As we have discovered in the first part of the study, Alzheimer's is a major health issue for the population of seniors 65 years and older. Alzheimers costs taxpayers and individuals billions of dollars for the provision of care for those who can no longer care for themselves. Alzheimer's is an expensive disease and many times it is the family who must bear much of the expense. We found that the financial strain of caring for someone who has Alzheimer's creates an incredible amount of stress on family members. However, we also found that perhaps even greater than the financial strain, Alzheimer's places in incredible load on the family as they are usually the ones who must care for their family member.
The aggregate for this study consists of family members who must care for other members of the family who have Alzheimer's. Currently, it is estimated that nearly 15,000,000 unpaid caregivers exist in the United States caring for family members who have Alzheimer's. Caring for a family member with Alzheimer's not only increases a stress level associated with caring for the family member, but also increases a stress level of the caregiver in general. The survey for this needs assessment targeted family members living with and caring for an Alzheimer's patient. This aggregate population has not received sufficient academic attention in the past.
The study used the MBRC to assess how caregivers were handling the job from several different perspectives. It is assesses them psychologically, health wise, and socially. This survey instrument exists in many different forms. The one chosen for the study was the one most commonly used in nursing homes for overall assessment purposes. The survey consists of 19 questions that are broken down into four different categories. All four of these categories provide a comprehensive assessment of the caregiver.
Data sources for the study were derived from hundred survey respondents who are caring for someone that had at least one family member diagnosed with early stage Alzheimer's. Nearly 80% of those surveyed responded that they were unsure if their loved one was receiving proper care, or if they were doing everything they could do for them. Nearly 40% reported a strained relationships with the Alzheimer's patient due to the demands that the patient placed on them. Nearly 36% indicated that they felt resentful or angry towards the patient. An overwhelming 68% of those surveyed reported feeling blue or sad more often. Caregivers also reported less pep are energy, that they were bothered by aches and pains, and more nervous than usual. The results of the study indicated a high level of caregiver strain associated with caring for the Alzheimer's patient. Results of the study indicate that caregiver strain is almost as significant a problem as Alzheimer's itself.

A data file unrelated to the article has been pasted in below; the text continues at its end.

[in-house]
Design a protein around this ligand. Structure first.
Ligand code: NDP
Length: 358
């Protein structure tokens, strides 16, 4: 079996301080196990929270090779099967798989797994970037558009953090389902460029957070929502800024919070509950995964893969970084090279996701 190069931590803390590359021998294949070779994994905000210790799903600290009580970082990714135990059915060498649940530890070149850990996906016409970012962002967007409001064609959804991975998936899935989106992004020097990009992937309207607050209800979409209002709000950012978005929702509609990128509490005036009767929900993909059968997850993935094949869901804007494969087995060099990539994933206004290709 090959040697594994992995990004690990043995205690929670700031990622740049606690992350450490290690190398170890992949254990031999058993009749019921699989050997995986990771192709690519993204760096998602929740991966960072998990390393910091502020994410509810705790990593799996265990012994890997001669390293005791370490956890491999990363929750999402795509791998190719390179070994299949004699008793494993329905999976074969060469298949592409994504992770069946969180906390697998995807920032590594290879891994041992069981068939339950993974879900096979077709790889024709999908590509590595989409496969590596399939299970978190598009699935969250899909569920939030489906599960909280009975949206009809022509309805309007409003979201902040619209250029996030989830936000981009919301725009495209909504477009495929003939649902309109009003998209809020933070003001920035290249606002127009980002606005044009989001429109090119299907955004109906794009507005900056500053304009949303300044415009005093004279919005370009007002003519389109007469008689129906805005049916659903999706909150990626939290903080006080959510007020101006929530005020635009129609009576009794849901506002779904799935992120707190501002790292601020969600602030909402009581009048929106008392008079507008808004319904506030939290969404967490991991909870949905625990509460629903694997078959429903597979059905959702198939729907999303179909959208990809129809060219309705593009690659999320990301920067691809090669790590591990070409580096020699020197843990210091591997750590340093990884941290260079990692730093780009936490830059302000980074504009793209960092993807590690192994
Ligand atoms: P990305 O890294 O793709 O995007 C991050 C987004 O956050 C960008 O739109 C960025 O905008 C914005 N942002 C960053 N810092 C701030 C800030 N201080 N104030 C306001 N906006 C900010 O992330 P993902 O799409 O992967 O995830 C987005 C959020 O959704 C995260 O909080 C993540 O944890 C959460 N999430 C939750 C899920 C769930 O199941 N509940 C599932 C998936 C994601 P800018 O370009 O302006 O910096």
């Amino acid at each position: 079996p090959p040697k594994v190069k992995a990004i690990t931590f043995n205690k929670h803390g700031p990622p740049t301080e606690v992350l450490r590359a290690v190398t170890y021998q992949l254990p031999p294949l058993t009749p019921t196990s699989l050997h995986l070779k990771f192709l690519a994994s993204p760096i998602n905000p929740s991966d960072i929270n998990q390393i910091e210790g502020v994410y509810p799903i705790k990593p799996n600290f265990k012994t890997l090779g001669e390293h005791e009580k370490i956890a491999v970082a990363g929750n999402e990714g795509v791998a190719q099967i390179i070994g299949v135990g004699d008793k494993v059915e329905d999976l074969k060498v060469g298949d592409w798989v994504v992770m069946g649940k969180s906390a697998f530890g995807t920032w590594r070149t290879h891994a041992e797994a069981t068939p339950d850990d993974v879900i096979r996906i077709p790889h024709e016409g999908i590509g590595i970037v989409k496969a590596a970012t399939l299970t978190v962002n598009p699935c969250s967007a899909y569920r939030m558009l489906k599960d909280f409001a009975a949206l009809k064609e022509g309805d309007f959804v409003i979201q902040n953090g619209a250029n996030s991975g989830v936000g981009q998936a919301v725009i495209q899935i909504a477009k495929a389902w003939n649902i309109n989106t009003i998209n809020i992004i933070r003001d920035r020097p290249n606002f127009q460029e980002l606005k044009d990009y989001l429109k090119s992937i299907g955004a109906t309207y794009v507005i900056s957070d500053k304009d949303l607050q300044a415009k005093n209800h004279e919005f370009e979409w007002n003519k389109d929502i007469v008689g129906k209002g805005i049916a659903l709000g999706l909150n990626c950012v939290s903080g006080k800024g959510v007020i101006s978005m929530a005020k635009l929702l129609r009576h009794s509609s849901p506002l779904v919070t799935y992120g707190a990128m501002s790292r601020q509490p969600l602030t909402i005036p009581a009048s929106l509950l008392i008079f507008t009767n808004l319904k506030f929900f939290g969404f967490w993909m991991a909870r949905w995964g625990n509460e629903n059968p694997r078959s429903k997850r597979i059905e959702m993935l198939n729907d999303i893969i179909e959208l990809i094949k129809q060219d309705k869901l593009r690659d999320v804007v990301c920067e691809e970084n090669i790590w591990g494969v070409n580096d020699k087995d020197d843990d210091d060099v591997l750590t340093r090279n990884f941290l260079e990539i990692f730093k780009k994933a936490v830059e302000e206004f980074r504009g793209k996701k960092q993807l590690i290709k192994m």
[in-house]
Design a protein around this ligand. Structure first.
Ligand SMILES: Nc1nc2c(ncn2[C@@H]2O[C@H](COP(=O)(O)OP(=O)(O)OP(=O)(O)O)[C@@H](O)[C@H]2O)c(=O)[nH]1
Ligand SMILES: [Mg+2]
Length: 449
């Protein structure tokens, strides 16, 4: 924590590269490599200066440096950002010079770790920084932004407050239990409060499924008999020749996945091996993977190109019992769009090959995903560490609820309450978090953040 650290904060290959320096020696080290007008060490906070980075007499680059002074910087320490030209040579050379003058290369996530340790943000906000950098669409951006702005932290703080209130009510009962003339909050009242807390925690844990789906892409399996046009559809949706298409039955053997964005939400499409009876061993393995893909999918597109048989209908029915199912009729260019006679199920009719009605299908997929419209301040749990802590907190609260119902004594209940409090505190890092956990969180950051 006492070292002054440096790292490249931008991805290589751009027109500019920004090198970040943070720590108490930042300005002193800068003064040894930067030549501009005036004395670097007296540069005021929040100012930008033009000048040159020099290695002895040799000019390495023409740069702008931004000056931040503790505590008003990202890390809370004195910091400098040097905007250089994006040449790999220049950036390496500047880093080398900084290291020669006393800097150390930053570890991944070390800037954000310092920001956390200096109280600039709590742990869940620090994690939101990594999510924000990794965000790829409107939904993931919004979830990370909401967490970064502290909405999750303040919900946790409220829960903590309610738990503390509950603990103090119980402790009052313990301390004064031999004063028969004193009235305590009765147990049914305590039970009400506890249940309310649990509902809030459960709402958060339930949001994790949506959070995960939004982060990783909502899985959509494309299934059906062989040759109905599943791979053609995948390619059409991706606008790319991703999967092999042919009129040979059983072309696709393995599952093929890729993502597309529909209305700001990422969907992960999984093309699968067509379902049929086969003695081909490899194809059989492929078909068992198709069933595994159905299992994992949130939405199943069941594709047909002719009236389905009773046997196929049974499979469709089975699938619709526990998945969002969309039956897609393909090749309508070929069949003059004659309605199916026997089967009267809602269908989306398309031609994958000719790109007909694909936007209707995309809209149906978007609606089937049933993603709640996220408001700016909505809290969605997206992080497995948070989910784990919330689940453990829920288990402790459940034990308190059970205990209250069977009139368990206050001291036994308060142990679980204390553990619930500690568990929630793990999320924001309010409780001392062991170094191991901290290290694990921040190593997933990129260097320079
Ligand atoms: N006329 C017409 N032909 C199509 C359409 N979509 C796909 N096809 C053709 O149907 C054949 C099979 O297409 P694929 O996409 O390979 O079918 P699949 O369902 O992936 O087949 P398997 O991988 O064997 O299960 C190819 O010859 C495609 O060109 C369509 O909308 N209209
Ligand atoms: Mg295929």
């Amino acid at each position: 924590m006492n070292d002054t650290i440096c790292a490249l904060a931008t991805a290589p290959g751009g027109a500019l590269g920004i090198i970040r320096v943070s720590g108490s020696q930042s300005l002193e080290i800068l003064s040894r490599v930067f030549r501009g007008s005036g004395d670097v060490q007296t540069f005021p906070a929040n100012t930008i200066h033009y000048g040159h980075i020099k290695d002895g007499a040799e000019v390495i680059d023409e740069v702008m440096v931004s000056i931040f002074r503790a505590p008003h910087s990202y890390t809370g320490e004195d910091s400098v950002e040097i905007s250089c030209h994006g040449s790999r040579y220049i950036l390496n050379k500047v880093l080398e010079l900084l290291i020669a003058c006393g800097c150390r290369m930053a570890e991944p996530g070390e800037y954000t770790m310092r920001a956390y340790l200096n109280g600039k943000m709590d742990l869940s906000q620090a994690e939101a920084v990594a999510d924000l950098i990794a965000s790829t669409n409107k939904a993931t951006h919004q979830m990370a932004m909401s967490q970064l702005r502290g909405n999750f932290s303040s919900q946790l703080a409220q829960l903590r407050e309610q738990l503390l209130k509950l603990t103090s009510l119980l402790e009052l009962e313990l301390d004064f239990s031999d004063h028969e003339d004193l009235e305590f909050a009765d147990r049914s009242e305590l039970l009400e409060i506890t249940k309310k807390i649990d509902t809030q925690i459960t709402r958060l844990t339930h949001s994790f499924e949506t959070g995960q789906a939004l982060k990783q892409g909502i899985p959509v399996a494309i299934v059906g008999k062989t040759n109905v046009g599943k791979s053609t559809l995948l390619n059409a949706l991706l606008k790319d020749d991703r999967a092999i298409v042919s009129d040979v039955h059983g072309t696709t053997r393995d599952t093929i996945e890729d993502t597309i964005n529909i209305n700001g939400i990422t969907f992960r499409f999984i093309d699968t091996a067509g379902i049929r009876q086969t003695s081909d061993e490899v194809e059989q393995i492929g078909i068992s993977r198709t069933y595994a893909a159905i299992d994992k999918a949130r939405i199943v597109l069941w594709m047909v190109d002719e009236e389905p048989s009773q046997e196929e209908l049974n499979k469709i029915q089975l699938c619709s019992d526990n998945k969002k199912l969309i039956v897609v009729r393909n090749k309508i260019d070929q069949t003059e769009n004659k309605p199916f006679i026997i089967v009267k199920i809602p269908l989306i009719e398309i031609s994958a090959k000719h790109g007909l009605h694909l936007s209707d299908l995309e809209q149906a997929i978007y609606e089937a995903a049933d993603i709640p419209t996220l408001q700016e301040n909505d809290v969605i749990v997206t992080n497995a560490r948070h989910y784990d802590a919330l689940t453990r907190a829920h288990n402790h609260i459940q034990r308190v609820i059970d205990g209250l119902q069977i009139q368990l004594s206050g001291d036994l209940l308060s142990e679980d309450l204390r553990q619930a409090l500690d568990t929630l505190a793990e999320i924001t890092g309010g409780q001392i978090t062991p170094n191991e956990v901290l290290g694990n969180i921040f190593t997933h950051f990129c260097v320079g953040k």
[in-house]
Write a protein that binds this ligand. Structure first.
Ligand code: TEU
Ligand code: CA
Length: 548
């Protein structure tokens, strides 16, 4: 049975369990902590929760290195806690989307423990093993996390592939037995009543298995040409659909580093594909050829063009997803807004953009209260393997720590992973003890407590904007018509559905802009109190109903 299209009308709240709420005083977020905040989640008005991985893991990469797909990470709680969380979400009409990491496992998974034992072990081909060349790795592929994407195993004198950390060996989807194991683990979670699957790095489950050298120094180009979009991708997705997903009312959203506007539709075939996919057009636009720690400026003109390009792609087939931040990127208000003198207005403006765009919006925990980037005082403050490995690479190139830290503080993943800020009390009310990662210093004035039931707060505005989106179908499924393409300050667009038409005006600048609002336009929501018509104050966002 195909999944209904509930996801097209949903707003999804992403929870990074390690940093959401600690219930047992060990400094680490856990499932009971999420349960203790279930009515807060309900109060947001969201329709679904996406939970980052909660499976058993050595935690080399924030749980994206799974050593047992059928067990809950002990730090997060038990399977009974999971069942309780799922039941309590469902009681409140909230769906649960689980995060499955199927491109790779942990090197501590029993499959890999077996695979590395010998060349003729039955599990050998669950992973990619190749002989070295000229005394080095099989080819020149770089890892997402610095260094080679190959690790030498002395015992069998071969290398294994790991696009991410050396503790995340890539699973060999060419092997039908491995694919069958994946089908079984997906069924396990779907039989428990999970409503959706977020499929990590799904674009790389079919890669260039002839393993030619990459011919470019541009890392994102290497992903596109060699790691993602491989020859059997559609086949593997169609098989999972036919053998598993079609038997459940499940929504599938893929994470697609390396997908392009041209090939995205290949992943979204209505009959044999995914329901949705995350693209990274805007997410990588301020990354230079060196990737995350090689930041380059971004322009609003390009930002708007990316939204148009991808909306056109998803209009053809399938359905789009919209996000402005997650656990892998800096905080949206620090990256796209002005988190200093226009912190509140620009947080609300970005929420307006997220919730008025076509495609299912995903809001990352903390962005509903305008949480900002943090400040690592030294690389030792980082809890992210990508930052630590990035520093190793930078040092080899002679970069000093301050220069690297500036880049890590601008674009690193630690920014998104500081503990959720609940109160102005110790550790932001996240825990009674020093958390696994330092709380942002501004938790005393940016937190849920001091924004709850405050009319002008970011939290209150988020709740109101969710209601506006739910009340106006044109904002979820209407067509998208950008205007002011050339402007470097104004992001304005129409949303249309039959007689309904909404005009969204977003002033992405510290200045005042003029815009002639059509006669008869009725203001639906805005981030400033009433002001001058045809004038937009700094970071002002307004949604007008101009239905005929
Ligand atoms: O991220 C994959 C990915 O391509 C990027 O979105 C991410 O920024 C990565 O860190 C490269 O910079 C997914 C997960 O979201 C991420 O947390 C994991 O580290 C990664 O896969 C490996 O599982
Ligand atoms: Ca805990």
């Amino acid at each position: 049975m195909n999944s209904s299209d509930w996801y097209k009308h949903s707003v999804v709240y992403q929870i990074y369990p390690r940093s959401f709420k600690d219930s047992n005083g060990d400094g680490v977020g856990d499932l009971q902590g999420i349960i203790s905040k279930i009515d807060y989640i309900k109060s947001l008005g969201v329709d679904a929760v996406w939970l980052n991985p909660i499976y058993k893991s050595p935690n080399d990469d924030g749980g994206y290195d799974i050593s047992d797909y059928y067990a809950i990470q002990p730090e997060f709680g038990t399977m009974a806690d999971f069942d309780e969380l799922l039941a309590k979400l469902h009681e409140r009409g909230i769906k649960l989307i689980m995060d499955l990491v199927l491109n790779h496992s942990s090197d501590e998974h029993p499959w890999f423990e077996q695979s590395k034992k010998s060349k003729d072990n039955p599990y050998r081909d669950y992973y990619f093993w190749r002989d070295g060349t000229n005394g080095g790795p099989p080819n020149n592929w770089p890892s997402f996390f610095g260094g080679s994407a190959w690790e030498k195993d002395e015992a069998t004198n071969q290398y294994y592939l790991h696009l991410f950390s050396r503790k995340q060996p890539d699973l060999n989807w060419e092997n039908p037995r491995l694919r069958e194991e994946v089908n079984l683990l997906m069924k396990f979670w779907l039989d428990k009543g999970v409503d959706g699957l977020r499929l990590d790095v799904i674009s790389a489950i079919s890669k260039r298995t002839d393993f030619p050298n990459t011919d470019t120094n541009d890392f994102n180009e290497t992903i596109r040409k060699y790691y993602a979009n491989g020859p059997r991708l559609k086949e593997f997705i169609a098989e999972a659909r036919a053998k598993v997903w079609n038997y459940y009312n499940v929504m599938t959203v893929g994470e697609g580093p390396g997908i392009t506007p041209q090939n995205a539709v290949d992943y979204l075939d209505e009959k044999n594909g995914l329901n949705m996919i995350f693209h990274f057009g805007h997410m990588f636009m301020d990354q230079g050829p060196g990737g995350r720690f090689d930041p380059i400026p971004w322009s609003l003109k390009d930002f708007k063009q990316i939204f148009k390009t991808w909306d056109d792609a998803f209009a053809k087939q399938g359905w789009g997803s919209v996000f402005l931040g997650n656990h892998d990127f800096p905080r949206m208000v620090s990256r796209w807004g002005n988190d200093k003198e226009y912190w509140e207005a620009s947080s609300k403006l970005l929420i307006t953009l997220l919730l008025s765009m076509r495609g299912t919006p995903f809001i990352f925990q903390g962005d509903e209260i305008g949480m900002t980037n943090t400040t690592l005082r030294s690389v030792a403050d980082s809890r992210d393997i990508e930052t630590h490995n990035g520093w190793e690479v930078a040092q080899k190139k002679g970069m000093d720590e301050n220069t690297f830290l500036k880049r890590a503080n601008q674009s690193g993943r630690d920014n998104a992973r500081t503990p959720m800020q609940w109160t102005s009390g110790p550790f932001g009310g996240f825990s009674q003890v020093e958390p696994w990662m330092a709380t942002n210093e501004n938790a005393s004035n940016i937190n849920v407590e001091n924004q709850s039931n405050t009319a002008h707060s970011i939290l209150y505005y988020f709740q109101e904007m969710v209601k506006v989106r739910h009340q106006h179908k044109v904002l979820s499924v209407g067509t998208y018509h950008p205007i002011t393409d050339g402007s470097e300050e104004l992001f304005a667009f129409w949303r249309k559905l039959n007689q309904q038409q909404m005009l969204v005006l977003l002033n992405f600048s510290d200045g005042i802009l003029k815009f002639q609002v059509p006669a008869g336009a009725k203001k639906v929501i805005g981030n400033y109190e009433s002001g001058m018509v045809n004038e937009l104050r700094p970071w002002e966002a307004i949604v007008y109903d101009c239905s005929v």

Questions 1 through 4 were summed to achieve a caregiver mastery score. The total possible points for the section was 12. The mean score for the group was a 10. This indicates and that a vast majority of those surveyed did not feel that they were achieving the level of care that they wished for their relatives, or that they understood what can be done for them.
The relationship strain score was assessed by totaling question numbers 5-9. This too had a possible 12 points total. The means score on this group of questions was an 8. This indicates the relationship strain is another area of concern for this group of patients. Very few indicated that they did not feel the relationship with the patient was strained.
The first two groups of questions indicated a high degree of stress that stems from caring for relative with Alzheimer's. Taking this into consideration, it is not surprising that many indicated a high health strain score as well. In this category the mean and most frequent score was also a 10. Caring for an Alzheimer's patient places additional psychological strain, relationship strain, and these in turn have an affect on the caregivers overall health. They reported a high number of common ailments that are normally associated with nervousness and stress.